If you’re wondering, “Come on, who wouldn’t want to be sexy?! We ALL want to be sexy!” Jena stops that bullshit – and it really is bullshit – with a simple exercise. She asks the room of women what words society uses to describe sexy women, and writes the answers on a whiteboard. One by one, women shout out: Slut! Stupid! Homewrecker! Bitch! Whore!

With incentives like that, no wonder some of us have conflicted feelings about being sexy.

So why is this an issue for me finding my dream husband?  “When you remain in a state of disapproval about your body, embarrassed by your relationship with food, and conflicted about whether or not it’s safe to be smokin’ hot in the first place, it’s wordlessly communicated to the world in subtle ways – and men pick up on it,” Jena explains.

“A woman who disapproves of her body, her appetite, her beauty, and her pleasure, has a disadvantage in the game of love, even if she’s gorgeous.  Great looks may be able to attract desirable men for casual dating, but Mr. Right – the love of her life – is also looking for great self-esteem and inner confidence.”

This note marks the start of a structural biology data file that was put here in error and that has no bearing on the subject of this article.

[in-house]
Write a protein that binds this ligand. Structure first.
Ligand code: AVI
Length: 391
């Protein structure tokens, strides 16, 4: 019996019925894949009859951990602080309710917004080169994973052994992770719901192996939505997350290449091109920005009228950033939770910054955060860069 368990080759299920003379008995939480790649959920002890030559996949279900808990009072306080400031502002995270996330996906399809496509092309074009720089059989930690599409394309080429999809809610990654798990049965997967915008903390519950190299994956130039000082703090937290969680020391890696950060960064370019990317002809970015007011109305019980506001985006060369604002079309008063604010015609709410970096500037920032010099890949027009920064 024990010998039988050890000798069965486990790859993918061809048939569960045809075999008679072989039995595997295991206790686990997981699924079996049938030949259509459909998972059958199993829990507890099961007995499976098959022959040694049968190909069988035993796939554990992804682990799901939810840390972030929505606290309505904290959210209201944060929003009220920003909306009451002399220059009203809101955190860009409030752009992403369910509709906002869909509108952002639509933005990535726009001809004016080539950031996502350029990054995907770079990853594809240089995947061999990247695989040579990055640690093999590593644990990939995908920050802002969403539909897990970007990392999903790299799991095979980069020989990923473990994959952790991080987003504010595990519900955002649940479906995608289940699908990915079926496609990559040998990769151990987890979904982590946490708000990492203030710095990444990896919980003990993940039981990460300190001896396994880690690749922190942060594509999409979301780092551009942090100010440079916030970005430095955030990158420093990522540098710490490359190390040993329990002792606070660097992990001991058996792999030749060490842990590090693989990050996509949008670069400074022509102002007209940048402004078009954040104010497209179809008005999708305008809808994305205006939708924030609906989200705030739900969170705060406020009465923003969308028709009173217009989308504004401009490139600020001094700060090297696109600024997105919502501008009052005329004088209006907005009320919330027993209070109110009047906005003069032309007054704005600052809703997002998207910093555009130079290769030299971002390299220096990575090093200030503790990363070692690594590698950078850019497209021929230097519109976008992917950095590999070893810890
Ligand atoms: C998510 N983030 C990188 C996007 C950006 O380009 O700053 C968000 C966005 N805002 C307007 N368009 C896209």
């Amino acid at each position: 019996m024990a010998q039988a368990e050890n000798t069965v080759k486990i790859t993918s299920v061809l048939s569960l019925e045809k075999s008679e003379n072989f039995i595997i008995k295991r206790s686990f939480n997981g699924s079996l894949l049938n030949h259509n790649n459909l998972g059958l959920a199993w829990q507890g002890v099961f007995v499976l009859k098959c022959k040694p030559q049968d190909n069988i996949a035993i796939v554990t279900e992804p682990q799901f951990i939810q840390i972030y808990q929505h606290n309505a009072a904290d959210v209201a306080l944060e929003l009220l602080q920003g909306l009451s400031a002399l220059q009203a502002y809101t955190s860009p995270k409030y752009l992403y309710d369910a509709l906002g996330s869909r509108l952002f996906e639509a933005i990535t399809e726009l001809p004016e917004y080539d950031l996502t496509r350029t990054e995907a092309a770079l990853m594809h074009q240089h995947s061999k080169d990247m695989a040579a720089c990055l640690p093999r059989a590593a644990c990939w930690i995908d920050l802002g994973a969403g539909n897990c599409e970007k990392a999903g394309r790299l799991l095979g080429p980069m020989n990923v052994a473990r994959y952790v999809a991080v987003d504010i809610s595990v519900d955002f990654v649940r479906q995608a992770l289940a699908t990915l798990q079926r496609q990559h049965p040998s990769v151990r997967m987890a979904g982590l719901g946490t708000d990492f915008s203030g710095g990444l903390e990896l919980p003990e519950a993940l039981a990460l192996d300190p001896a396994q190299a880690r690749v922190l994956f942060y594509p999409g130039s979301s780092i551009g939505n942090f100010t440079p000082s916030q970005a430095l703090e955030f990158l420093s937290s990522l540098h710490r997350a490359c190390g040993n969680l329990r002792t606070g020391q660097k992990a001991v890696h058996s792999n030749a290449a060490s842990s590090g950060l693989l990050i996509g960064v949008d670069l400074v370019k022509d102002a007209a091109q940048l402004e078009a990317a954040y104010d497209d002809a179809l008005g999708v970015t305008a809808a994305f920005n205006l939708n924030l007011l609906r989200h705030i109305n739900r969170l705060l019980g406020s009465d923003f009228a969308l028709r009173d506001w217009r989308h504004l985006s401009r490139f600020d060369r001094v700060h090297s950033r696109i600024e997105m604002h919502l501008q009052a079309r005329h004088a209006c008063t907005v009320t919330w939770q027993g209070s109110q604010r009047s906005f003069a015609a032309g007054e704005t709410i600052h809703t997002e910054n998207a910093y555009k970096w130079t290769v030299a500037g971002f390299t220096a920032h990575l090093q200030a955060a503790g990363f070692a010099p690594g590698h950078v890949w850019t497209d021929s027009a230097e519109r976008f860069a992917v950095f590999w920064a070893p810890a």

To say I’ve struggled in the past with my body image would be an understatement.  At age 18, as a freshman at college, lonely and miserable, I started binging on foods that would give me that serotonin kick for an instant jolt of happiness. Pizzas, ice cream, candy. You know the drill.  Unsurprisingly, I gained weight. I hated myself, and I hated that horrible feeling I got after I stuffed my body to the breaking point. I just wanted relief … so I began throwing up.  Binge, purge, binge, purge, binge, purge: a massive bulimic was born.

Over the next four years – yes, FOUR YEARS – I would continue to throw up nearly every day, sometimes several times a day, forcing my finger or a tooth brush down my throat, then collapsing next to the toilet, consumed by emotional and physical pain.

It’s such a cliche to say this, but I genuinely didn’t think I had a problem.  I thought I had come up with a novel way to eat whatever I wanted – and not suffer the consequences. My body knew otherwise.  I was exhausted, I was bloated, I was constipated. I was 21 when my roommate found vomit on the toilet and literally marched me to the health center so I would get help.  In three months (thanks to therapy and short term SSRIs), I kicked the bulimia I had been “fighting” for years.